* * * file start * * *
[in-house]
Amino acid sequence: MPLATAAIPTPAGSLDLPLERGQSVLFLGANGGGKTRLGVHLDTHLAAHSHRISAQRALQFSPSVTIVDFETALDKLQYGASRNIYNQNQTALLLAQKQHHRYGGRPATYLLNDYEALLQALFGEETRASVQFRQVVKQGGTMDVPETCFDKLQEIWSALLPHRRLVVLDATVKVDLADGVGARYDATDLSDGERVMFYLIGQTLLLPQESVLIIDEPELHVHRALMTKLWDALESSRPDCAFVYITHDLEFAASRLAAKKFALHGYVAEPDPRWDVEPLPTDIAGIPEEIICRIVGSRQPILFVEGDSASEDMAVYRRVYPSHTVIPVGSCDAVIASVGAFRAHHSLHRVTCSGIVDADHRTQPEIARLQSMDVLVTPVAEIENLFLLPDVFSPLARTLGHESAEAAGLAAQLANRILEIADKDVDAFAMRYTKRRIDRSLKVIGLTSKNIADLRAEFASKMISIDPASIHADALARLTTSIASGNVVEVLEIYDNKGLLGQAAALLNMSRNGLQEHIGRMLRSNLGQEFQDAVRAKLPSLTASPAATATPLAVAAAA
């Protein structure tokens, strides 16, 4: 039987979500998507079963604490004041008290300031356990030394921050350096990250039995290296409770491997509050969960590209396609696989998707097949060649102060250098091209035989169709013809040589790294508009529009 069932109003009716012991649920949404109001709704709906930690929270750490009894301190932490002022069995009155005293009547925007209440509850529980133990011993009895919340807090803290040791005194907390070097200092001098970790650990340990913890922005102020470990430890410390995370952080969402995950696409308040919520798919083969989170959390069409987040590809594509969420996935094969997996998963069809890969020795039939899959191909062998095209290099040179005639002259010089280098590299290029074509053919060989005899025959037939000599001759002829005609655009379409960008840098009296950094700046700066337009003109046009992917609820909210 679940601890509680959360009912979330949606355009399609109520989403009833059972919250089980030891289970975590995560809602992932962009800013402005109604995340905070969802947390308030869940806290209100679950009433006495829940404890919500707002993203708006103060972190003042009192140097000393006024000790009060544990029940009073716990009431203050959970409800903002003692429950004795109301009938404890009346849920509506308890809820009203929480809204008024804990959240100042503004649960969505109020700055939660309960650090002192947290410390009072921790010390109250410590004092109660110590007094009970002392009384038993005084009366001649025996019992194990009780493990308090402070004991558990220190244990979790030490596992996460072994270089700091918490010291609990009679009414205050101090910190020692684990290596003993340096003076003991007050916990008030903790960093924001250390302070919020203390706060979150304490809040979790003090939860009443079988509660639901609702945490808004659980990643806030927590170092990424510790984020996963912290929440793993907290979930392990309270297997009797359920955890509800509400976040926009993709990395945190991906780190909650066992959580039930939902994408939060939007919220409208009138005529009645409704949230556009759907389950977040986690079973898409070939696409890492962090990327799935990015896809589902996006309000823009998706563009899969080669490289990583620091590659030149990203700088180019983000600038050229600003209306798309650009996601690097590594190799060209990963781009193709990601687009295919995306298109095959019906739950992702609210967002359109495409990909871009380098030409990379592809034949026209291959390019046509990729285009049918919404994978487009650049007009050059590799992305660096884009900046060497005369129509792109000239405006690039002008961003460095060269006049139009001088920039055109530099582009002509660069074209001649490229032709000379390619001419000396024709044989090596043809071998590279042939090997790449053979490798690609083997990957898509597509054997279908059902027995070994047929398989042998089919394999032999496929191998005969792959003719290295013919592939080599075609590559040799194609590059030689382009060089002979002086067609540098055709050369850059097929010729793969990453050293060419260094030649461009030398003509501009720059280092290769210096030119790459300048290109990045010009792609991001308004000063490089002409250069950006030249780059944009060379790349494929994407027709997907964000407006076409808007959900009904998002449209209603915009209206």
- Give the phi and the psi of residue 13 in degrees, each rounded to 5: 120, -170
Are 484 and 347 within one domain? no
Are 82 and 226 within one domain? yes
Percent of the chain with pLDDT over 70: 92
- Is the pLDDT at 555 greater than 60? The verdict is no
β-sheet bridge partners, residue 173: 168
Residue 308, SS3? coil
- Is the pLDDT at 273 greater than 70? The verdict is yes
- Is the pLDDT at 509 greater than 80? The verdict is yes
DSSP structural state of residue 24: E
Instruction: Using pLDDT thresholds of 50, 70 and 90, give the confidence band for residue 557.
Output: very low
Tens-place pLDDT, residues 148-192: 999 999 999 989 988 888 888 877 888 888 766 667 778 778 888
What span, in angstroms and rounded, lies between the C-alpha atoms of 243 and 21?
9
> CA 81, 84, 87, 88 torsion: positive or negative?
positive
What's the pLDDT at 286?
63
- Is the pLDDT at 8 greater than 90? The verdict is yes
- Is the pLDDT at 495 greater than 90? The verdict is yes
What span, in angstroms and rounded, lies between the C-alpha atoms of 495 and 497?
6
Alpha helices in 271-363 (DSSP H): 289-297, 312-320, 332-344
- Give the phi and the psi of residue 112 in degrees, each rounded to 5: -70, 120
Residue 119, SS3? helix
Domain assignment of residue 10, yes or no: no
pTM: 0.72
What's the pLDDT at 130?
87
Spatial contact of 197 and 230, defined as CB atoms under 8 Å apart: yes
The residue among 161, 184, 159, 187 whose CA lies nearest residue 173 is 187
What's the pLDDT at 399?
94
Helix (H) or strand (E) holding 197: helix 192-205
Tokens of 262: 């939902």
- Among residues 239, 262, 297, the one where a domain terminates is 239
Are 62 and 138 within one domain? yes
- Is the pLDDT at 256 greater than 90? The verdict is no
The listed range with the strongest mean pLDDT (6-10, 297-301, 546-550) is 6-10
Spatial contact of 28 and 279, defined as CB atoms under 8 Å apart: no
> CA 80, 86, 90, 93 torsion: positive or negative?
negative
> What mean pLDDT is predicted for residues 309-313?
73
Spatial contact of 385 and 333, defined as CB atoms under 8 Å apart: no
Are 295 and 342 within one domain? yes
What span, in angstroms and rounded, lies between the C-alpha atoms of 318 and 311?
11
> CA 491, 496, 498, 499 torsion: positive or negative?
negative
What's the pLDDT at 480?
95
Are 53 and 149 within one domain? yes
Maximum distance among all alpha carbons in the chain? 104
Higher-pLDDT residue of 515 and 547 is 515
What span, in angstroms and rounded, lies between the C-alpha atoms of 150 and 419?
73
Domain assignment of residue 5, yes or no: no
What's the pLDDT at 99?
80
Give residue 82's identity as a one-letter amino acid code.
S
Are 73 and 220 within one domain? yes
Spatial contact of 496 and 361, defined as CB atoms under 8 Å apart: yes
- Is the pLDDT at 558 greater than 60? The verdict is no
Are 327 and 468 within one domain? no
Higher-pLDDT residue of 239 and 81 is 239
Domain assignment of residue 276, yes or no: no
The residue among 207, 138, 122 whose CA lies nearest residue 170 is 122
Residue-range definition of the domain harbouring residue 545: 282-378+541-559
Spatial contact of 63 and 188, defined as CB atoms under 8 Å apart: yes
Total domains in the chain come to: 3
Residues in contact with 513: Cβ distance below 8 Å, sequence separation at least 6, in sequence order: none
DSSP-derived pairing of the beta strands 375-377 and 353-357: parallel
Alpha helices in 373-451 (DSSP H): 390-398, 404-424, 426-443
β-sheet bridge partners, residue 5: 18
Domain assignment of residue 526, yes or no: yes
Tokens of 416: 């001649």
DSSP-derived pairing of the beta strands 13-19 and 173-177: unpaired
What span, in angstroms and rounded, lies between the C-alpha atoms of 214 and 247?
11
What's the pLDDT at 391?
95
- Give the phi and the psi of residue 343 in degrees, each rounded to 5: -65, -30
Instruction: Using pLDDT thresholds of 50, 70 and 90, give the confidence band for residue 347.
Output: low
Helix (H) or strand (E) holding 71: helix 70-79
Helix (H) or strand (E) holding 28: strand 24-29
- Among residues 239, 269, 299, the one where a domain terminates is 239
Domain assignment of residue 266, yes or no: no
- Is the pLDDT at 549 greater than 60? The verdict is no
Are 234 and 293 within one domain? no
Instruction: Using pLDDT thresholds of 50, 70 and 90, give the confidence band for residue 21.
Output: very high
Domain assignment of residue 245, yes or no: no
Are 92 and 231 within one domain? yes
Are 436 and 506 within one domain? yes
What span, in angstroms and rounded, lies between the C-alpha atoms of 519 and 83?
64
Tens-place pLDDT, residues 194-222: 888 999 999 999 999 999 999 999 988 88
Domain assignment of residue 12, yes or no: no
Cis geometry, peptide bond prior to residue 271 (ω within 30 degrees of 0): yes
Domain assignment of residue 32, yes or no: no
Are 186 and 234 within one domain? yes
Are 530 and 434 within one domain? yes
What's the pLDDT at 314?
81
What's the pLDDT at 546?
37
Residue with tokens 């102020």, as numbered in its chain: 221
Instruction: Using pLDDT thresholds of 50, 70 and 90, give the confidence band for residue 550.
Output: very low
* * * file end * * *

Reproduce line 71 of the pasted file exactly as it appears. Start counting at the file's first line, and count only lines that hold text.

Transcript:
Higher-pLDDT residue of 239 and 81 is 239